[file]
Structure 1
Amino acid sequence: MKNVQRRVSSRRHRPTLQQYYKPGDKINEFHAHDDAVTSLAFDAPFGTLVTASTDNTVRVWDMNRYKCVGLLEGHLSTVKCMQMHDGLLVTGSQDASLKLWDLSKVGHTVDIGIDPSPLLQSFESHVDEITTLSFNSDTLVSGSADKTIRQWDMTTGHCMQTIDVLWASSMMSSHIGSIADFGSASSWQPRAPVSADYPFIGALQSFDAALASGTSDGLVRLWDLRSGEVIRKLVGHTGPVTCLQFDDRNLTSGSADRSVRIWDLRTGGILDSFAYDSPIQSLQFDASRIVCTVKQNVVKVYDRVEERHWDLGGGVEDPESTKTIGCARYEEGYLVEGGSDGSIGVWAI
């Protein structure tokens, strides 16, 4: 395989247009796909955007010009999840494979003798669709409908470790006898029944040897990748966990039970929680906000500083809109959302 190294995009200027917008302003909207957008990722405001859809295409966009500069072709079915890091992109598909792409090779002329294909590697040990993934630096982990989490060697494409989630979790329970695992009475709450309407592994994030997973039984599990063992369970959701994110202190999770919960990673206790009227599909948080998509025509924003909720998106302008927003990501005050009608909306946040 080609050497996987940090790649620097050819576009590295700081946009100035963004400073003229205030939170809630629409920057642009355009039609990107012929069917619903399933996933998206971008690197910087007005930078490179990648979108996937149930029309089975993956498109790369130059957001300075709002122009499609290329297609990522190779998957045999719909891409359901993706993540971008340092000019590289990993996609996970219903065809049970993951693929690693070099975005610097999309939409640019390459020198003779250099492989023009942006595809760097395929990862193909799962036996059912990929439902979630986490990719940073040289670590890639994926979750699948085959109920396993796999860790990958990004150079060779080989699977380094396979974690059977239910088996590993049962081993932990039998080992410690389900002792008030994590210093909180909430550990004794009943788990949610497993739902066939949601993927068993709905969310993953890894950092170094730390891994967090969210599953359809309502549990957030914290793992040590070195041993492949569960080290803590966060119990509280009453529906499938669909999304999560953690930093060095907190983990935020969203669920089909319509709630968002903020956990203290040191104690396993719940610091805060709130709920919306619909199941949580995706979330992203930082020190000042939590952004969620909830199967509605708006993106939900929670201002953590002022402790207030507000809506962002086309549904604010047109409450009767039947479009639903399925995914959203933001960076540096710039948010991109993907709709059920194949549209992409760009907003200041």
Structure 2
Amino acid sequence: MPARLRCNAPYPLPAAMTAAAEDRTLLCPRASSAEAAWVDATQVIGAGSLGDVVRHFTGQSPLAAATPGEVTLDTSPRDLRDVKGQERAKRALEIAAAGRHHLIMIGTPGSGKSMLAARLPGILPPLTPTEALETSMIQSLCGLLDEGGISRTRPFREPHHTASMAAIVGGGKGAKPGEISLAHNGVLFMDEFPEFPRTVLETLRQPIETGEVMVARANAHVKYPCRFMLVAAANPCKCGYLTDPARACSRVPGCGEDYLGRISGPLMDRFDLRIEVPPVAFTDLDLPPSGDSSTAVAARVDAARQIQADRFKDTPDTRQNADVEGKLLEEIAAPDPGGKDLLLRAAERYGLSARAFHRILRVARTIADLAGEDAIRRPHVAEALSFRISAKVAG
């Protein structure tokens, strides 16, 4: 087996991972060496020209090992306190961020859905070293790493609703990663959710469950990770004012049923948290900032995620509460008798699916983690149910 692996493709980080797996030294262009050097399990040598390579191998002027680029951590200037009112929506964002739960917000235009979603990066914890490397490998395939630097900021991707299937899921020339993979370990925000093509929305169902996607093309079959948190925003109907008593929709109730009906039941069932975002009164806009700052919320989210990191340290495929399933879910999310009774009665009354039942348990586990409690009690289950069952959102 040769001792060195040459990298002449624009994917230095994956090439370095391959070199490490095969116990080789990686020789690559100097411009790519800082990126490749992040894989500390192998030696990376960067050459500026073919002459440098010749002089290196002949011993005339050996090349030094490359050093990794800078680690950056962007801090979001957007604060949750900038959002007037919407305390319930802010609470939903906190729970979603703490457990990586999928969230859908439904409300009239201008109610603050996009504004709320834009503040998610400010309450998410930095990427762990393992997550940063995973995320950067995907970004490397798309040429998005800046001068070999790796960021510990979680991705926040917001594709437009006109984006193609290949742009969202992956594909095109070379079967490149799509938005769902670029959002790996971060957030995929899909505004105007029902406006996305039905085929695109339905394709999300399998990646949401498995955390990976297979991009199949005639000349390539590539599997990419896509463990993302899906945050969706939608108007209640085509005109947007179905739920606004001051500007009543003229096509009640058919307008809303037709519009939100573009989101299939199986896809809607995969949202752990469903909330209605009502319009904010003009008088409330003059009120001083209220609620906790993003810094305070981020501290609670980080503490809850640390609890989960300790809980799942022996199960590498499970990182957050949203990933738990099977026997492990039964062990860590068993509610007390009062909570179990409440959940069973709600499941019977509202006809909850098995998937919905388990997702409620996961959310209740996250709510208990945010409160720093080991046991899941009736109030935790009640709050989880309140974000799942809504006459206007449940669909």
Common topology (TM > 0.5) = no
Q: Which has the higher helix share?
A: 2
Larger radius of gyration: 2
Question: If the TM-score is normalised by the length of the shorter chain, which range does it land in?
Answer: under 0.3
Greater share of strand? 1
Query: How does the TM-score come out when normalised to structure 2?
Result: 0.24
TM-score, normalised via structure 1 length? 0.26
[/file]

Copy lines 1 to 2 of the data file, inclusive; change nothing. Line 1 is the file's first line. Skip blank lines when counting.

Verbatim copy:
Structure 1
Amino acid sequence: MKNVQRRVSSRRHRPTLQQYYKPGDKINEFHAHDDAVTSLAFDAPFGTLVTASTDNTVRVWDMNRYKCVGLLEGHLSTVKCMQMHDGLLVTGSQDASLKLWDLSKVGHTVDIGIDPSPLLQSFESHVDEITTLSFNSDTLVSGSADKTIRQWDMTTGHCMQTIDVLWASSMMSSHIGSIADFGSASSWQPRAPVSADYPFIGALQSFDAALASGTSDGLVRLWDLRSGEVIRKLVGHTGPVTCLQFDDRNLTSGSADRSVRIWDLRTGGILDSFAYDSPIQSLQFDASRIVCTVKQNVVKVYDRVEERHWDLGGGVEDPESTKTIGCARYEEGYLVEGGSDGSIGVWAI